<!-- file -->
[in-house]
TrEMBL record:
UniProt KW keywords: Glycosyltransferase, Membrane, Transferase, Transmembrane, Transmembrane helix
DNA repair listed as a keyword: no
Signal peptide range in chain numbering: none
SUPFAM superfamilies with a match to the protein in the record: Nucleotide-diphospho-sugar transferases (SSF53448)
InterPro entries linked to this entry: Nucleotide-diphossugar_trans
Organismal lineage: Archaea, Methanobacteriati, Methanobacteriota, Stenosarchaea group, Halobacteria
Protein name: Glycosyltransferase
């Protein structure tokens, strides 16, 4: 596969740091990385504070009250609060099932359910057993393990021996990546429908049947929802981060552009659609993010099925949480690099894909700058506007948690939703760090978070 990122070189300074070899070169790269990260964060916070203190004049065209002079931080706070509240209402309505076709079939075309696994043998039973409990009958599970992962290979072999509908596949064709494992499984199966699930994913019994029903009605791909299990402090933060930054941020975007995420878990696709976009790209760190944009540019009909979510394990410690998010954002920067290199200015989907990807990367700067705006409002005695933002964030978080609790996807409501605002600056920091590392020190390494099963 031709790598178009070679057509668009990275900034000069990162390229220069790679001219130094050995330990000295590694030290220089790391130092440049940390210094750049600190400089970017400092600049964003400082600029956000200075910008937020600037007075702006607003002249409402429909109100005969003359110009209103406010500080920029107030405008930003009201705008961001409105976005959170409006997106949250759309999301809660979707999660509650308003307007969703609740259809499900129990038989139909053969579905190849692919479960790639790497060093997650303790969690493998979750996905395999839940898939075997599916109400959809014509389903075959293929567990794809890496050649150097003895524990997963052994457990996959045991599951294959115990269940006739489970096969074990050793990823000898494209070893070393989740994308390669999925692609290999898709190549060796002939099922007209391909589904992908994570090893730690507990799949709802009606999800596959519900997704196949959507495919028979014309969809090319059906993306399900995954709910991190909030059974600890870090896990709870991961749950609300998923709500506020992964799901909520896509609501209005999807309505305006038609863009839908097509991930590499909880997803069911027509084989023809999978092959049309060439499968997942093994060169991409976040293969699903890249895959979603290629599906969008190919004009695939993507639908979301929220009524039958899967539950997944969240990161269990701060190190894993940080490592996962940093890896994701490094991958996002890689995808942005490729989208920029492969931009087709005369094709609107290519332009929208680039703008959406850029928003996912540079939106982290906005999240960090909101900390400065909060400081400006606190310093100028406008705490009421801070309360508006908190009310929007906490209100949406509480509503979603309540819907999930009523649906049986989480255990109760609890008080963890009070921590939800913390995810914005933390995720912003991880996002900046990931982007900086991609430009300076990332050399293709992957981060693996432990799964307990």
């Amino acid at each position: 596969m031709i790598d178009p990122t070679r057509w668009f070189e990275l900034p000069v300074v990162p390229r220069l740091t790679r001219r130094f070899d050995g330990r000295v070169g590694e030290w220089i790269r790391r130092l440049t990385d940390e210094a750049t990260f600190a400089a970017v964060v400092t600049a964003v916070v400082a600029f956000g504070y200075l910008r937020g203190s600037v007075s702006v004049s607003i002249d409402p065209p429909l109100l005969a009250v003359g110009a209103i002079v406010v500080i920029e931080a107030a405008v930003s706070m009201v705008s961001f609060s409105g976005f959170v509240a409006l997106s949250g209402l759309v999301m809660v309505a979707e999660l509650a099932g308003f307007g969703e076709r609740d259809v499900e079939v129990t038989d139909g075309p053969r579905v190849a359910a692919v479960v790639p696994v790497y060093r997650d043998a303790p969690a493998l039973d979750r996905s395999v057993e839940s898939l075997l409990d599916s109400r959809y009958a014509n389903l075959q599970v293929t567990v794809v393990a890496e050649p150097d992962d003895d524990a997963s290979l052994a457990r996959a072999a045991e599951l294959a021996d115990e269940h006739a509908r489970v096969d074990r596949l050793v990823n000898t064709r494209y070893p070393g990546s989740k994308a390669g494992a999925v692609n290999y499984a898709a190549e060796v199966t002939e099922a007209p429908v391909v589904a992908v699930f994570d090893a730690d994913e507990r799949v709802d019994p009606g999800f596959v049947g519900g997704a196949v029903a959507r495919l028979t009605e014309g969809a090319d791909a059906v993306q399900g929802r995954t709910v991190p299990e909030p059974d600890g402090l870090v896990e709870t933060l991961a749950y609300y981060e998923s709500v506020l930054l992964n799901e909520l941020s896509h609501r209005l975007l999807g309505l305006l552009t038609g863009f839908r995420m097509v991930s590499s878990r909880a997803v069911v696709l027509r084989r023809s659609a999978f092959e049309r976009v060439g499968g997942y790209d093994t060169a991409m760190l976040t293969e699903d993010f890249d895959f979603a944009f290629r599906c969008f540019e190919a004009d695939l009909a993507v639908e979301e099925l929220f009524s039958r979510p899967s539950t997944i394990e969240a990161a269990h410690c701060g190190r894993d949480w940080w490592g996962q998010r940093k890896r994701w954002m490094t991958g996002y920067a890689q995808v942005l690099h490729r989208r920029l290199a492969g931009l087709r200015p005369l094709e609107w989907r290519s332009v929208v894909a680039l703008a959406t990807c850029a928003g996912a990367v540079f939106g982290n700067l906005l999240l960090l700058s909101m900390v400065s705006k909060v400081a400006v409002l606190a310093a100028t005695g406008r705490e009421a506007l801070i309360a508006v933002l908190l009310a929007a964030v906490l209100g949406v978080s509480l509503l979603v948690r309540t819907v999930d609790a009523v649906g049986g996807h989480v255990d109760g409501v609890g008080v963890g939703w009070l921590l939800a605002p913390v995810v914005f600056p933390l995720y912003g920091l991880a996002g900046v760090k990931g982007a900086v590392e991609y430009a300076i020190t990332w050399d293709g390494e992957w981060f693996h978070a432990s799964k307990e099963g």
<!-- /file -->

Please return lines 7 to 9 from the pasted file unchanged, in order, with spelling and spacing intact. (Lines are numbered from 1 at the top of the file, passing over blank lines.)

InterPro entries linked to this entry: Nucleotide-diphossugar_trans
Organismal lineage: Archaea, Methanobacteriati, Methanobacteriota, Stenosarchaea group, Halobacteria
Protein name: Glycosyltransferase